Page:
This is a wonderful and very real fairy tale. Christmas is still months away, but it kind of comes early to Nashville every year. Once upon an October weekend there was a yearly affair run by Santa Hop God and his merry little band of helpers…
Our first present, thanks to Santa Hop God and his sometimes all too merry band of helpers was our guest speaker, John Palmer, who spoke Friday night about water chemistry and beer. How was it? Well, we definitely had some “chemistry” going between audience and speaker.
As they prepared dinner for us, a few rooms down, various clubs from all over set up multi-tap exhibits. Kind of like discovering a lot of beer in your stocking. This was one of my favorites…
(Shades of the Blues Brothers!)
This column is dedicated to things The Professor discovers along the way to researching other things related to beer. It will appear randomly, depending upon when material presents itself.
Surely you remember…
But did you know it was started by the Griesedieck brothers who brewed beer? The Wiki entry is a little contradictory, insinuating that they made this during the Depression but closed their doors in 1920: long before the Depression. The some of Griesediecks eventually ran Falstaff and may have had cnnections with AB. (Once again, Wiki is unclear.)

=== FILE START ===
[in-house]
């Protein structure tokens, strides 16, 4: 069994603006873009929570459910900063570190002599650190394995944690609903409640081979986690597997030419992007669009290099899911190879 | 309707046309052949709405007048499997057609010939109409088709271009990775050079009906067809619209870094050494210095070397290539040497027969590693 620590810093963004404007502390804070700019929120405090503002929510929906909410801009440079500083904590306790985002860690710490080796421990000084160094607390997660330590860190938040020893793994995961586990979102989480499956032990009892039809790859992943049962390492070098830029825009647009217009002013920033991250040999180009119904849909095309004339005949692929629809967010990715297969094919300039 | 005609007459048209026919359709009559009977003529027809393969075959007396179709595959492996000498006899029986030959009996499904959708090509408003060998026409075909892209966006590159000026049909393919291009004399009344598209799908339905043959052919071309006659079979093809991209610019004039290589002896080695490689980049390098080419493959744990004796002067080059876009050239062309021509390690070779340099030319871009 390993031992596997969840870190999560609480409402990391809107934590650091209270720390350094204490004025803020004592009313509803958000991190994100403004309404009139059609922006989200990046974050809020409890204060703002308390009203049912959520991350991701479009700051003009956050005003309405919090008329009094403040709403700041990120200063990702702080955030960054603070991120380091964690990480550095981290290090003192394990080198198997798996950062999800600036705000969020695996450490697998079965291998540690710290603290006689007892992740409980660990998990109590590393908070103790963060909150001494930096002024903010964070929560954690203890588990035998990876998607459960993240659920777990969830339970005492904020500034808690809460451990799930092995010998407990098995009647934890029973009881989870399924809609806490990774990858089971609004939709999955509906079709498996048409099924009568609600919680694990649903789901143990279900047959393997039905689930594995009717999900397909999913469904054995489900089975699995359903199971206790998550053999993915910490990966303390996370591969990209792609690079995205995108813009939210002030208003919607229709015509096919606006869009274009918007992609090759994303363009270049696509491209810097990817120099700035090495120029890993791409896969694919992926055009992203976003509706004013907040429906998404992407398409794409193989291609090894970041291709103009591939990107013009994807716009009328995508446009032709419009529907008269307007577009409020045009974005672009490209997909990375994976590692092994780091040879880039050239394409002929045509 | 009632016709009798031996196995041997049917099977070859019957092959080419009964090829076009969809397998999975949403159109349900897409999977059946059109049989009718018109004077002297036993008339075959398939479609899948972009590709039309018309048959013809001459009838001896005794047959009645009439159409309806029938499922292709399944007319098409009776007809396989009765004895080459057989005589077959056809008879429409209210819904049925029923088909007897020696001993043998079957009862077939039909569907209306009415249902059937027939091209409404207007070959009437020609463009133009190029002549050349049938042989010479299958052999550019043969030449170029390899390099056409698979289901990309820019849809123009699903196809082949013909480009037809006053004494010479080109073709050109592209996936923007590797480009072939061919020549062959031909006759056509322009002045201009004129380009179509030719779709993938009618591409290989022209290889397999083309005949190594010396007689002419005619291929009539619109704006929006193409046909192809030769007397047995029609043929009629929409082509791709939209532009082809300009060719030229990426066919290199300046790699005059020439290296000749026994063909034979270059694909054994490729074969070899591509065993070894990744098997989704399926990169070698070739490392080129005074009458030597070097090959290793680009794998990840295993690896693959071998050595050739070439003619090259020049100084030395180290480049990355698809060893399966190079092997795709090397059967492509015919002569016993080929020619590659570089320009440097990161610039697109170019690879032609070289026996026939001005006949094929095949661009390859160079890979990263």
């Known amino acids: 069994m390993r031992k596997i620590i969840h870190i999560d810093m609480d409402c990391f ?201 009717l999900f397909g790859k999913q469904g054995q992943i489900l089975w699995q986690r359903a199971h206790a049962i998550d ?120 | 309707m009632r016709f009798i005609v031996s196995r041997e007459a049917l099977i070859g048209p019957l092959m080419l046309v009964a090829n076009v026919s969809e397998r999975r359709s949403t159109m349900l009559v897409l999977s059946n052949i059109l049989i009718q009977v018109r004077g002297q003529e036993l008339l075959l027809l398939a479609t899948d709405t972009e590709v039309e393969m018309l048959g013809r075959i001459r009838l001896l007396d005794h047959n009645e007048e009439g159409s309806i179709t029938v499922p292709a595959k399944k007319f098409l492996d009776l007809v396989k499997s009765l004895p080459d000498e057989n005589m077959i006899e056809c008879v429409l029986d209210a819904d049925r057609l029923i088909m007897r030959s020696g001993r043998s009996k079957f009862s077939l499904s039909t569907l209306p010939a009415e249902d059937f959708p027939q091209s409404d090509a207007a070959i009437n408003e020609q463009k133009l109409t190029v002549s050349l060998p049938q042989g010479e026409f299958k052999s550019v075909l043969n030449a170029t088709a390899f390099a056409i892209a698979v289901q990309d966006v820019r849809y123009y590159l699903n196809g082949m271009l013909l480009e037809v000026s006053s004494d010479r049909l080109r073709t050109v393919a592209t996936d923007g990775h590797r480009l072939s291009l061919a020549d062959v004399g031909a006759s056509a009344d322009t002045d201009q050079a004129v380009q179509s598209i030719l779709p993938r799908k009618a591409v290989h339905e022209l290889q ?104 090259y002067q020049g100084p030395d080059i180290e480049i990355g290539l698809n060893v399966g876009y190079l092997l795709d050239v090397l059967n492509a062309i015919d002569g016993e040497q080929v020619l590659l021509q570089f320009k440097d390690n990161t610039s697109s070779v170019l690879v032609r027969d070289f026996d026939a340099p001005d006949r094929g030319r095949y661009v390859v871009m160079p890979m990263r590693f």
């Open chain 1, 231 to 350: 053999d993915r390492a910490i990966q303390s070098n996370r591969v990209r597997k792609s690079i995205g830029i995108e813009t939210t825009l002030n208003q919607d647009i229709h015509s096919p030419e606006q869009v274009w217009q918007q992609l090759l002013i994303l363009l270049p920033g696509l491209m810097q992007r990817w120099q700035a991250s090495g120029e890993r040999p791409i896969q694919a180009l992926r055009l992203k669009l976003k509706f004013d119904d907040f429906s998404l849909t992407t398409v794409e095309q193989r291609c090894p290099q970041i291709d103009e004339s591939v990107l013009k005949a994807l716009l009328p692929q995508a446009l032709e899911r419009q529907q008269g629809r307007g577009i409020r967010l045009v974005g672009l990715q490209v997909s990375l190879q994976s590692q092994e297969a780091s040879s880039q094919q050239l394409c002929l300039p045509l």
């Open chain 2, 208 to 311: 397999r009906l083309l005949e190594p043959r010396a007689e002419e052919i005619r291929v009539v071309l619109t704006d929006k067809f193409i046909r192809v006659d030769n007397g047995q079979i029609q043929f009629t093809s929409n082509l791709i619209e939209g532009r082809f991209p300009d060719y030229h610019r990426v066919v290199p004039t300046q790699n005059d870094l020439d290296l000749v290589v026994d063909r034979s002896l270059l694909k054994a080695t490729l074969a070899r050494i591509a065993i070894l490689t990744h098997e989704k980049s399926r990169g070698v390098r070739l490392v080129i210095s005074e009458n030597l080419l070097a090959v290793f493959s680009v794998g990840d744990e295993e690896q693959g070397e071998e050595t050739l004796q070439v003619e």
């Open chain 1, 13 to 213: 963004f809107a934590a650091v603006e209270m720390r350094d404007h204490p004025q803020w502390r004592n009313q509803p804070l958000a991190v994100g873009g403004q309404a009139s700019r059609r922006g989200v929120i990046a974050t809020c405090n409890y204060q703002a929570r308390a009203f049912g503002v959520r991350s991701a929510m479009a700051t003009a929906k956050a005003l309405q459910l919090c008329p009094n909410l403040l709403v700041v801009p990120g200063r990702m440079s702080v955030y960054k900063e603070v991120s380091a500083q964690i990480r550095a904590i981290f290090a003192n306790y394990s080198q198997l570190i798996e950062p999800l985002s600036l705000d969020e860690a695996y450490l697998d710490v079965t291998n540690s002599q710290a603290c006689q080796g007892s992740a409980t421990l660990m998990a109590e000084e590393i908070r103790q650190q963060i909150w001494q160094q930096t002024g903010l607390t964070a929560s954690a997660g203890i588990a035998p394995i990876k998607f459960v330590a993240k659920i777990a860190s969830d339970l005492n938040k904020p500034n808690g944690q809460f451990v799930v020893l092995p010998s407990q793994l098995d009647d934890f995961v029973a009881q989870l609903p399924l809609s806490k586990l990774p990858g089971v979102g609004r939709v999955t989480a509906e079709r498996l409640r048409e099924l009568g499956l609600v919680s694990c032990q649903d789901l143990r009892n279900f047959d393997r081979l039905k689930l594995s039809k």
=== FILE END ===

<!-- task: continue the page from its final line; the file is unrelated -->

Interesting sidebar: the original recipe for root beer was proven carcinogenic and outlawed long before cigarettes.
Early beer advertising icons: Utica Club’s Schultz and Dooley and Black Label’s Mabel
Written by Carl H. Miller
“Beer makers have been searching for the perfect beer commercial nearly since television exploded onto the American scene in the late 1940s. In those pioneer days, nobody–not the advertisers, not the ad agencies, not the TV stations–knew exactly what made for a good commercial. Indeed, the earliest beer commercials consisted of everything from live demonstrations of how to cook a Welsh rarebit using beer to the noisy rumble of a studio audience muddling through a rendition of the brewer’s theme song.”
“Surprisingly, it was not the nation’s largest beer makers who led the brewing industry’s charge into television. Rather, most of TV’s pioneer beer advertisers were regional brewers. In 1945, New England’s Narragansett Beer sponsored the first telecasts of Boston Red Sox games, though neither the brewery nor the baseball team seemed overly confident about the then-infant medium. In fact, Sox management granted Narragansett the sponsorship rights free of charge, telling brewery officials, ‘We don’t know what we’re doing, and neither do you.'”